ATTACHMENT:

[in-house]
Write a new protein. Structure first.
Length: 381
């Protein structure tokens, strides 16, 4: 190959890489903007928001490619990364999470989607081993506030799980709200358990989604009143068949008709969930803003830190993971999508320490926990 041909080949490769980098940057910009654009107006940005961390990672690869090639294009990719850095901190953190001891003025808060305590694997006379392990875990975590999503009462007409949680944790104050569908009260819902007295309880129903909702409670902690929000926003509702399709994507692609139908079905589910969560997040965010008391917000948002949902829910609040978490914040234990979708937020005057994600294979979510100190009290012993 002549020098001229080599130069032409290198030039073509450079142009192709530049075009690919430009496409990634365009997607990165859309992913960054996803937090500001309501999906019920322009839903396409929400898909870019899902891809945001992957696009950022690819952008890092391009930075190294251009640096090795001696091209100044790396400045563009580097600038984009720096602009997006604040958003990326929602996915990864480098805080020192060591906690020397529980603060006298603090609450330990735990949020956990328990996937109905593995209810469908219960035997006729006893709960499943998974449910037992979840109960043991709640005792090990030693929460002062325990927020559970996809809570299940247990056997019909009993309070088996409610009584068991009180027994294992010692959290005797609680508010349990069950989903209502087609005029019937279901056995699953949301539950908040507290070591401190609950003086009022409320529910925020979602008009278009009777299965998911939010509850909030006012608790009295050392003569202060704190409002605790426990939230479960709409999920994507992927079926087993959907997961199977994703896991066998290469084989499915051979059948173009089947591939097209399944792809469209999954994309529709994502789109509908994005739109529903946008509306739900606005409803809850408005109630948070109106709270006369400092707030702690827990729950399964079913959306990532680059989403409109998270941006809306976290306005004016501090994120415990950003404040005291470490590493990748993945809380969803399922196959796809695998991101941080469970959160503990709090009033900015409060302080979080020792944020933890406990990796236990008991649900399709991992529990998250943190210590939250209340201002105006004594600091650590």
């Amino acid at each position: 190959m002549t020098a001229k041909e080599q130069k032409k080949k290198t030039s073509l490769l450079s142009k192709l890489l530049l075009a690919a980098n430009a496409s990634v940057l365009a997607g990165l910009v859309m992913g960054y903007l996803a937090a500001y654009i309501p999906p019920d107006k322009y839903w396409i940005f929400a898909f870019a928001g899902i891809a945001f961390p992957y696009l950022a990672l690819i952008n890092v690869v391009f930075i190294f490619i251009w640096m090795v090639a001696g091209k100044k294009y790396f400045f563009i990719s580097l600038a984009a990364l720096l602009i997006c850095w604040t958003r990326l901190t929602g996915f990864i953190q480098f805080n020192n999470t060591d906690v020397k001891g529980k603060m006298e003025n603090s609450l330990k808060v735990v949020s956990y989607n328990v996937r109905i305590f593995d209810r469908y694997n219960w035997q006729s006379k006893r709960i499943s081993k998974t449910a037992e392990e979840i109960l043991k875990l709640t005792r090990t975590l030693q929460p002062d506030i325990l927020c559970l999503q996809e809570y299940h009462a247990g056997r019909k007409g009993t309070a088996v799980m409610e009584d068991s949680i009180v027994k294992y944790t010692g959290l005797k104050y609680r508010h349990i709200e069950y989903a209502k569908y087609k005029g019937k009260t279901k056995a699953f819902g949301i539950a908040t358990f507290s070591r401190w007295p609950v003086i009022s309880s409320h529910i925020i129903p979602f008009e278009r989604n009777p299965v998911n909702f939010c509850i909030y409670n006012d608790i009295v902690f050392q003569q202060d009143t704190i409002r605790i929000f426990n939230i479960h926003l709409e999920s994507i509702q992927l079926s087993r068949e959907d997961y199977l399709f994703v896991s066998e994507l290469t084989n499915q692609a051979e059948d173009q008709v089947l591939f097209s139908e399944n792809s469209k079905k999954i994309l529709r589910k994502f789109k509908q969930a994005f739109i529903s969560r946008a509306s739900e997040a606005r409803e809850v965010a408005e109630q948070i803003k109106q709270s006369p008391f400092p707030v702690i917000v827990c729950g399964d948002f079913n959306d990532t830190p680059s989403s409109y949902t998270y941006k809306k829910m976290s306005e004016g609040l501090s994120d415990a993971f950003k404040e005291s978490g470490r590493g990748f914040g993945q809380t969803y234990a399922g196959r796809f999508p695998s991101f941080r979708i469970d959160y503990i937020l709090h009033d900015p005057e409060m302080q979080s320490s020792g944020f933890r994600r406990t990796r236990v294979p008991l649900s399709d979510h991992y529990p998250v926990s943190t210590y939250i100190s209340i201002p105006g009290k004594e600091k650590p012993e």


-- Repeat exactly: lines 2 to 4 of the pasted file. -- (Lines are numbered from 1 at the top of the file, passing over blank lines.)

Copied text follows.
Write a new protein. Structure first.
Length: 381
């Protein structure tokens, strides 16, 4: 190959890489903007928001490619990364999470989607081993506030799980709200358990989604009143068949008709969930803003830190993971999508320490926990 041909080949490769980098940057910009654009107006940005961390990672690869090639294009990719850095901190953190001891003025808060305590694997006379392990875990975590999503009462007409949680944790104050569908009260819902007295309880129903909702409670902690929000926003509702399709994507692609139908079905589910969560997040965010008391917000948002949902829910609040978490914040234990979708937020005057994600294979979510100190009290012993 002549020098001229080599130069032409290198030039073509450079142009192709530049075009690919430009496409990634365009997607990165859309992913960054996803937090500001309501999906019920322009839903396409929400898909870019899902891809945001992957696009950022690819952008890092391009930075190294251009640096090795001696091209100044790396400045563009580097600038984009720096602009997006604040958003990326929602996915990864480098805080020192060591906690020397529980603060006298603090609450330990735990949020956990328990996937109905593995209810469908219960035997006729006893709960499943998974449910037992979840109960043991709640005792090990030693929460002062325990927020559970996809809570299940247990056997019909009993309070088996409610009584068991009180027994294992010692959290005797609680508010349990069950989903209502087609005029019937279901056995699953949301539950908040507290070591401190609950003086009022409320529910925020979602008009278009009777299965998911939010509850909030006012608790009295050392003569202060704190409002605790426990939230479960709409999920994507992927079926087993959907997961199977994703896991066998290469084989499915051979059948173009089947591939097209399944792809469209999954994309529709994502789109509908994005739109529903946008509306739900606005409803809850408005109630948070109106709270006369400092707030702690827990729950399964079913959306990532680059989403409109998270941006809306976290306005004016501090994120415990950003404040005291470490590493990748993945809380969803399922196959796809695998991101941080469970959160503990709090009033900015409060302080979080020792944020933890406990990796236990008991649900399709991992529990998250943190210590939250209340201002105006004594600091650590």